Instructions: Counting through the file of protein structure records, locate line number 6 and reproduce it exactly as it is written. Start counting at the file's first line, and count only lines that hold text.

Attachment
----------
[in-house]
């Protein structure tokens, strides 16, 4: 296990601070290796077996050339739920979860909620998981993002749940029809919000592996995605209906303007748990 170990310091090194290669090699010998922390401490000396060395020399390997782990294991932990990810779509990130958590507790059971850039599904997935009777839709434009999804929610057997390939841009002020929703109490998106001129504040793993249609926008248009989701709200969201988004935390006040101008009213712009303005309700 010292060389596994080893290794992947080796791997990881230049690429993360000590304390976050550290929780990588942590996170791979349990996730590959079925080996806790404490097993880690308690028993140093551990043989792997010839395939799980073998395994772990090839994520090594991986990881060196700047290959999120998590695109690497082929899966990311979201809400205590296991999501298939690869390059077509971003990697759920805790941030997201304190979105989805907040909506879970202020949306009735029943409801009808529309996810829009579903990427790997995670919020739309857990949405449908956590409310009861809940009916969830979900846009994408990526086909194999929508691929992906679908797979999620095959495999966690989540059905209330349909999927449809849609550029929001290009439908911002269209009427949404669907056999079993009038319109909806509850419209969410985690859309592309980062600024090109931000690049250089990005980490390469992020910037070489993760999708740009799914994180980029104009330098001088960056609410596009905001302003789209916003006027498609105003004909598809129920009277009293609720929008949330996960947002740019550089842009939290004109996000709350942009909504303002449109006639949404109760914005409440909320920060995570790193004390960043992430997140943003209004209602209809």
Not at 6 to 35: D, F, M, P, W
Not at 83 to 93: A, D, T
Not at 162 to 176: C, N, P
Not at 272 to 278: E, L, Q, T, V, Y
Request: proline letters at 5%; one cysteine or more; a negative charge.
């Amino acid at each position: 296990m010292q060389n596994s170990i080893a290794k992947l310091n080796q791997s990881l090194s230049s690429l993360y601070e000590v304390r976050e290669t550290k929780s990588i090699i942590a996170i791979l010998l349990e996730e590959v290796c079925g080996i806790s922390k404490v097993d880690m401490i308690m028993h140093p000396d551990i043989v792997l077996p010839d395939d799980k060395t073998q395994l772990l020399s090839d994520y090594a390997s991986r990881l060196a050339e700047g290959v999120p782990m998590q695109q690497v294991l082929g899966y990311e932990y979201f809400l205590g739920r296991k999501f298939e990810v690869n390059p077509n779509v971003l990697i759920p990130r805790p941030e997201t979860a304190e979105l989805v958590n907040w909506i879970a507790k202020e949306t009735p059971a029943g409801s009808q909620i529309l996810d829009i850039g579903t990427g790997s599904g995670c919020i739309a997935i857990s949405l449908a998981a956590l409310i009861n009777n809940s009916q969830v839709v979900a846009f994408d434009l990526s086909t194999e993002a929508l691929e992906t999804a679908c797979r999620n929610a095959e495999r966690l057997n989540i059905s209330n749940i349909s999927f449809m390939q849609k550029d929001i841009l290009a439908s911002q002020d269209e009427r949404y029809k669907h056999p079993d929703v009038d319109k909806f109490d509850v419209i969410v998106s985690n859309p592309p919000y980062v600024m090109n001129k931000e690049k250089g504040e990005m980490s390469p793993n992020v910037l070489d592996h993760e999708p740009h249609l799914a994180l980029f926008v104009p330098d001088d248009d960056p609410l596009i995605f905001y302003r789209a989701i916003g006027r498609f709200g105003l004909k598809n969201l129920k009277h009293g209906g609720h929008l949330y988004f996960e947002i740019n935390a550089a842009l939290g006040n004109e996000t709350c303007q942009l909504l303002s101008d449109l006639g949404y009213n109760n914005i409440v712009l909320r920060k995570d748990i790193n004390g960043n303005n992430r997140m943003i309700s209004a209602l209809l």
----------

Not at 272 to 278: E, L, Q, T, V, Y